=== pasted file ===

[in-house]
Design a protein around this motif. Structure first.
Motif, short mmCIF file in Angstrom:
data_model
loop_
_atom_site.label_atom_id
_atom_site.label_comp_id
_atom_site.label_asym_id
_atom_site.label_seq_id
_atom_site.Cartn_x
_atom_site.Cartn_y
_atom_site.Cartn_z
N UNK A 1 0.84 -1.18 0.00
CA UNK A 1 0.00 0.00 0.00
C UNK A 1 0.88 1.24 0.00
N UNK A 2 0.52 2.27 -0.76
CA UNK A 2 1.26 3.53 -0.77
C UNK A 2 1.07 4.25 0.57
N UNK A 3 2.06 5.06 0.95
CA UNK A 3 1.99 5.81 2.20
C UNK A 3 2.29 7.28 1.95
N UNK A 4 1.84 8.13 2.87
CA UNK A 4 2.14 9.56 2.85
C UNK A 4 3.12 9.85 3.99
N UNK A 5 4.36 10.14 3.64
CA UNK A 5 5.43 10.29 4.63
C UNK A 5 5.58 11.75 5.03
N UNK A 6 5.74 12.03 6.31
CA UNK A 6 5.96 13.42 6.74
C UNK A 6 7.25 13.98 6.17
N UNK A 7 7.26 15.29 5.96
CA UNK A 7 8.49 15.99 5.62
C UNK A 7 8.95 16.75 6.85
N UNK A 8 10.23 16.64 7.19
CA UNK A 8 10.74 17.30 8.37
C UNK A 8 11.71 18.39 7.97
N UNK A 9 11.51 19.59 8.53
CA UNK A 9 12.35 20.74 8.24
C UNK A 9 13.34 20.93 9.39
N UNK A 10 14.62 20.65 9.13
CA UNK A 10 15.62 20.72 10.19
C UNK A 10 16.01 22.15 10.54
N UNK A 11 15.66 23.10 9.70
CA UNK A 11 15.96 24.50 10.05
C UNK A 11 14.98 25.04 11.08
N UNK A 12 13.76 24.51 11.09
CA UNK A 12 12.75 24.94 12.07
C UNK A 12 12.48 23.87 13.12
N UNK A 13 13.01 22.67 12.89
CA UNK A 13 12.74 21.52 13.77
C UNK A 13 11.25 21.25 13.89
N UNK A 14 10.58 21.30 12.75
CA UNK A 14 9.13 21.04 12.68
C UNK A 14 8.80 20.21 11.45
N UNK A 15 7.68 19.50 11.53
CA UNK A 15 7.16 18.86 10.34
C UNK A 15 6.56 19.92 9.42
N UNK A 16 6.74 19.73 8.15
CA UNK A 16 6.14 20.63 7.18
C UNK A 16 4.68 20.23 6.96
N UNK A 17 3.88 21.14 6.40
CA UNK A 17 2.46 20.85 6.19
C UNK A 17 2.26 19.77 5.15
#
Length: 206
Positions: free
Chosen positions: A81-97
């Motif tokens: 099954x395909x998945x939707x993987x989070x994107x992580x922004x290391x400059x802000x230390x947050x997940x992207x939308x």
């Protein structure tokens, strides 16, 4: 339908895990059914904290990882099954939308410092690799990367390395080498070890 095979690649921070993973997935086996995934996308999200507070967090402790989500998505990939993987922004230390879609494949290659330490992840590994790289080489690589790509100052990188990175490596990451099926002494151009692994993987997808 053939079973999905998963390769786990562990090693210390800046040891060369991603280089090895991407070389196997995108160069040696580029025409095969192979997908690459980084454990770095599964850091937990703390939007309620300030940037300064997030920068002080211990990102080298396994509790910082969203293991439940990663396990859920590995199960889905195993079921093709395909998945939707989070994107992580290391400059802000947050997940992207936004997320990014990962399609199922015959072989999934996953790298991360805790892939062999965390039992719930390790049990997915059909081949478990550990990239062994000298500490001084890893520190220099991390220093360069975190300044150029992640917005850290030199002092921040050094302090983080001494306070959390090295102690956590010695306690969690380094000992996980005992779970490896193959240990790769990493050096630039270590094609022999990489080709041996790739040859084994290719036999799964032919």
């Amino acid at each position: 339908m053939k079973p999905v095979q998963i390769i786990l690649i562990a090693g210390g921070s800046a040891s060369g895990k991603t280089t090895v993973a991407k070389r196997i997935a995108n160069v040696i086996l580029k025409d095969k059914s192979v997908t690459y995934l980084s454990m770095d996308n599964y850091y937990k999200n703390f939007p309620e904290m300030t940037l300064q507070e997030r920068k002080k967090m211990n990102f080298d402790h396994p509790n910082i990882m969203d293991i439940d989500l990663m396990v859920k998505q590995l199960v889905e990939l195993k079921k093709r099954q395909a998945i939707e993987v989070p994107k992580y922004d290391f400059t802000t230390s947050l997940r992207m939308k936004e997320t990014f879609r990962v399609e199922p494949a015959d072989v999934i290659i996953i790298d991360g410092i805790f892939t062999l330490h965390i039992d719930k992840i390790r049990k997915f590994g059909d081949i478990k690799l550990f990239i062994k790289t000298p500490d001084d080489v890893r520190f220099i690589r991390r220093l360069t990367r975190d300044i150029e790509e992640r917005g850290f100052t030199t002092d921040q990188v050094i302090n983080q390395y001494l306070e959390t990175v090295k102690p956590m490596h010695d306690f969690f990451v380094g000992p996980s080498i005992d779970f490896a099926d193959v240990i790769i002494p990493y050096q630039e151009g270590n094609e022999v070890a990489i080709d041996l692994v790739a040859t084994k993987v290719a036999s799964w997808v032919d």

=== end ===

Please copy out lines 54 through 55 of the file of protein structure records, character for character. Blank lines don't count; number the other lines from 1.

C UNK A 14 8.80 20.21 11.45
N UNK A 15 7.68 19.50 11.53